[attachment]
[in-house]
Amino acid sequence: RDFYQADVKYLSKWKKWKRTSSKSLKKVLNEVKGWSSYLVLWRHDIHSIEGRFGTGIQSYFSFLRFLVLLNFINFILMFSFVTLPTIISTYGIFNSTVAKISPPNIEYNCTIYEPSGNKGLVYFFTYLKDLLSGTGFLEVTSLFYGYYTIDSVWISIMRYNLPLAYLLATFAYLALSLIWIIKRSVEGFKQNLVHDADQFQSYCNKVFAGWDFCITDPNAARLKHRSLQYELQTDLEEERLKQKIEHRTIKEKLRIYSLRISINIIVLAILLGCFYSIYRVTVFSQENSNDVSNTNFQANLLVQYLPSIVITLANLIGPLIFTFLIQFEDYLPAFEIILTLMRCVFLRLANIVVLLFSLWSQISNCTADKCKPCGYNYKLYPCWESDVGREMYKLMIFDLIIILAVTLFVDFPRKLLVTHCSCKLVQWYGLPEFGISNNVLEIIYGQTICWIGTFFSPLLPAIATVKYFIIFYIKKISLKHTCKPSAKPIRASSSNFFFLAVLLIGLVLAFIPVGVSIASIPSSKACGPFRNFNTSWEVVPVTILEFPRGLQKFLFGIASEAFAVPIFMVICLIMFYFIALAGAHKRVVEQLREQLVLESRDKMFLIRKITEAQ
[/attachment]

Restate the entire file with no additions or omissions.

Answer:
[in-house]
Amino acid sequence: RDFYQADVKYLSKWKKWKRTSSKSLKKVLNEVKGWSSYLVLWRHDIHSIEGRFGTGIQSYFSFLRFLVLLNFINFILMFSFVTLPTIISTYGIFNSTVAKISPPNIEYNCTIYEPSGNKGLVYFFTYLKDLLSGTGFLEVTSLFYGYYTIDSVWISIMRYNLPLAYLLATFAYLALSLIWIIKRSVEGFKQNLVHDADQFQSYCNKVFAGWDFCITDPNAARLKHRSLQYELQTDLEEERLKQKIEHRTIKEKLRIYSLRISINIIVLAILLGCFYSIYRVTVFSQENSNDVSNTNFQANLLVQYLPSIVITLANLIGPLIFTFLIQFEDYLPAFEIILTLMRCVFLRLANIVVLLFSLWSQISNCTADKCKPCGYNYKLYPCWESDVGREMYKLMIFDLIIILAVTLFVDFPRKLLVTHCSCKLVQWYGLPEFGISNNVLEIIYGQTICWIGTFFSPLLPAIATVKYFIIFYIKKISLKHTCKPSAKPIRASSSNFFFLAVLLIGLVLAFIPVGVSIASIPSSKACGPFRNFNTSWEVVPVTILEFPRGLQKFLFGIASEAFAVPIFMVICLIMFYFIALAGAHKRVVEQLREQLVLESRDKMFLIRKITEAQ